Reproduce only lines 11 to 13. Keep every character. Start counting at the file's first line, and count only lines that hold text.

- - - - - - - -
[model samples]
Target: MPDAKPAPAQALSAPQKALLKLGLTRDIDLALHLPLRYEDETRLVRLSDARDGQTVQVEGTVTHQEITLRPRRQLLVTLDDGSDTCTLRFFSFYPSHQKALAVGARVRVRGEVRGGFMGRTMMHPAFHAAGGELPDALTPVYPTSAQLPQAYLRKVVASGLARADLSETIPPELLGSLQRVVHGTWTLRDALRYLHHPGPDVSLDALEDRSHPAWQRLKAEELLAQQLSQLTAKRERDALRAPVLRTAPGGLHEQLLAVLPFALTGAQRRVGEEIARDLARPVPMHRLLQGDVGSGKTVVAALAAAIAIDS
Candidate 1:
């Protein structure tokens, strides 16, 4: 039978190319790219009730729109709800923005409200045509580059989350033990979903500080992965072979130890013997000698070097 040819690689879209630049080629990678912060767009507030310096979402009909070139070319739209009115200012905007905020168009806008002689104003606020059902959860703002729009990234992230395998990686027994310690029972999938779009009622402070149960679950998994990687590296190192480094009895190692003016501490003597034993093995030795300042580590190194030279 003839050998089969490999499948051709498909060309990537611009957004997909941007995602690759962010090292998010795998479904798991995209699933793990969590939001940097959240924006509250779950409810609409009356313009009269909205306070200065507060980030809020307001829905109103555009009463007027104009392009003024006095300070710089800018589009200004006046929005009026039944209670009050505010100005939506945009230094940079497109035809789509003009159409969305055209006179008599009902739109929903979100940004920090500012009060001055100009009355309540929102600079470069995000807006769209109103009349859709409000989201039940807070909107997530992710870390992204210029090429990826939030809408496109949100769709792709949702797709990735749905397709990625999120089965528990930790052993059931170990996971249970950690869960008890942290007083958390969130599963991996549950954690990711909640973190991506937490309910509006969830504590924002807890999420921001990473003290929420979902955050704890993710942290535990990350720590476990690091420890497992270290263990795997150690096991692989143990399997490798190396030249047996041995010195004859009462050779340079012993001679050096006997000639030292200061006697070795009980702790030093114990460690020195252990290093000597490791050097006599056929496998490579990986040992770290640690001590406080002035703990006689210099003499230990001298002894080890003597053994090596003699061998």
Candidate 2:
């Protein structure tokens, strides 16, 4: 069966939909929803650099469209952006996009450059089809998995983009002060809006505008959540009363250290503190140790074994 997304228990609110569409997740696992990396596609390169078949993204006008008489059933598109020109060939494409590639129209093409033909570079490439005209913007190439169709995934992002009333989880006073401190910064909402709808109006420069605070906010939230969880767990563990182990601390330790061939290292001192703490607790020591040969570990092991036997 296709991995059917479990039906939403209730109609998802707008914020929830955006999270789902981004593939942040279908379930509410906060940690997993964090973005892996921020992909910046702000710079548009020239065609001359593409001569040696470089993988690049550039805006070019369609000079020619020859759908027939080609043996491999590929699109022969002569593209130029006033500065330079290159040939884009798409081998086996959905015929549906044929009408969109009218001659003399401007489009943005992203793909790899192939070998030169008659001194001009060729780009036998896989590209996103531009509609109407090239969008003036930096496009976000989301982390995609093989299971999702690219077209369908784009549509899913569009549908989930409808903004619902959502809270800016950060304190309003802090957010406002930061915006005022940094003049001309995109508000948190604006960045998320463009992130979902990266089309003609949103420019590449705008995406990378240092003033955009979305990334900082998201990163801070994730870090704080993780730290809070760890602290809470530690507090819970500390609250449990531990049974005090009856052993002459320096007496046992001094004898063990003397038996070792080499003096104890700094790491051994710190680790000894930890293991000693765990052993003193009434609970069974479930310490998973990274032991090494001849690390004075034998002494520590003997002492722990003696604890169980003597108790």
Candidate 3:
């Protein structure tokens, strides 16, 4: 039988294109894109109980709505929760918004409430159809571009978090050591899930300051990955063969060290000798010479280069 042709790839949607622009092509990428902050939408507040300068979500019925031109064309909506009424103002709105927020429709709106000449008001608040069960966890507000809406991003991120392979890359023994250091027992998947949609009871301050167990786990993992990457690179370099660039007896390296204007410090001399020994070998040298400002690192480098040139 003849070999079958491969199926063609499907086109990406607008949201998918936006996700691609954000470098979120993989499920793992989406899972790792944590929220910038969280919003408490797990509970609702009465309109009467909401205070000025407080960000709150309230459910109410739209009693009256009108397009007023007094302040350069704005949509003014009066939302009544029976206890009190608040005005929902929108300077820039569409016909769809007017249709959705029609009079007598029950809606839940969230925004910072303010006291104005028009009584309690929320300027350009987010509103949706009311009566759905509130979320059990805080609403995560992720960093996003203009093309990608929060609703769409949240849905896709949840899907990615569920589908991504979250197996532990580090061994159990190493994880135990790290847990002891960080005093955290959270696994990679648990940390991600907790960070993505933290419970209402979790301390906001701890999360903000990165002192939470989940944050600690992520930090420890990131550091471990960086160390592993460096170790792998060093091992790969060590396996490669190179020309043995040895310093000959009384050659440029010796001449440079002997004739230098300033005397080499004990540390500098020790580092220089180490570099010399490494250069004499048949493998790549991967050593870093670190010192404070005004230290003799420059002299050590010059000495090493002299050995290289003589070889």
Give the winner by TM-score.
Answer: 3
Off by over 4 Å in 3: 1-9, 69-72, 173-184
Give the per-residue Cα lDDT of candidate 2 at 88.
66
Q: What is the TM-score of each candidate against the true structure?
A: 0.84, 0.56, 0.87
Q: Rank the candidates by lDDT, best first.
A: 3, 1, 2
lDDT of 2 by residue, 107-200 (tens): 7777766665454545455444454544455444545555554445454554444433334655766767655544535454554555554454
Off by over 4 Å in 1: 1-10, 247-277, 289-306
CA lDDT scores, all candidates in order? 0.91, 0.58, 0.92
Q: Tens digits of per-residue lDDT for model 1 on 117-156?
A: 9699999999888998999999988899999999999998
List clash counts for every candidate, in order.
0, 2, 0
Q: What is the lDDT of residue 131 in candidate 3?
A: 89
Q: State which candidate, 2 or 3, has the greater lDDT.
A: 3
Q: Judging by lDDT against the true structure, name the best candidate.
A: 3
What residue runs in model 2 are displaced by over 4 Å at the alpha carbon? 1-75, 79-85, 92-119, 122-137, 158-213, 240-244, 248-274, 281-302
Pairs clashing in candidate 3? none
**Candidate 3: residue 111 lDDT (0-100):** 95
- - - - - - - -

Off by over 4 Å in 3: 1-9, 69-72, 173-184
Give the per-residue Cα lDDT of candidate 2 at 88.
66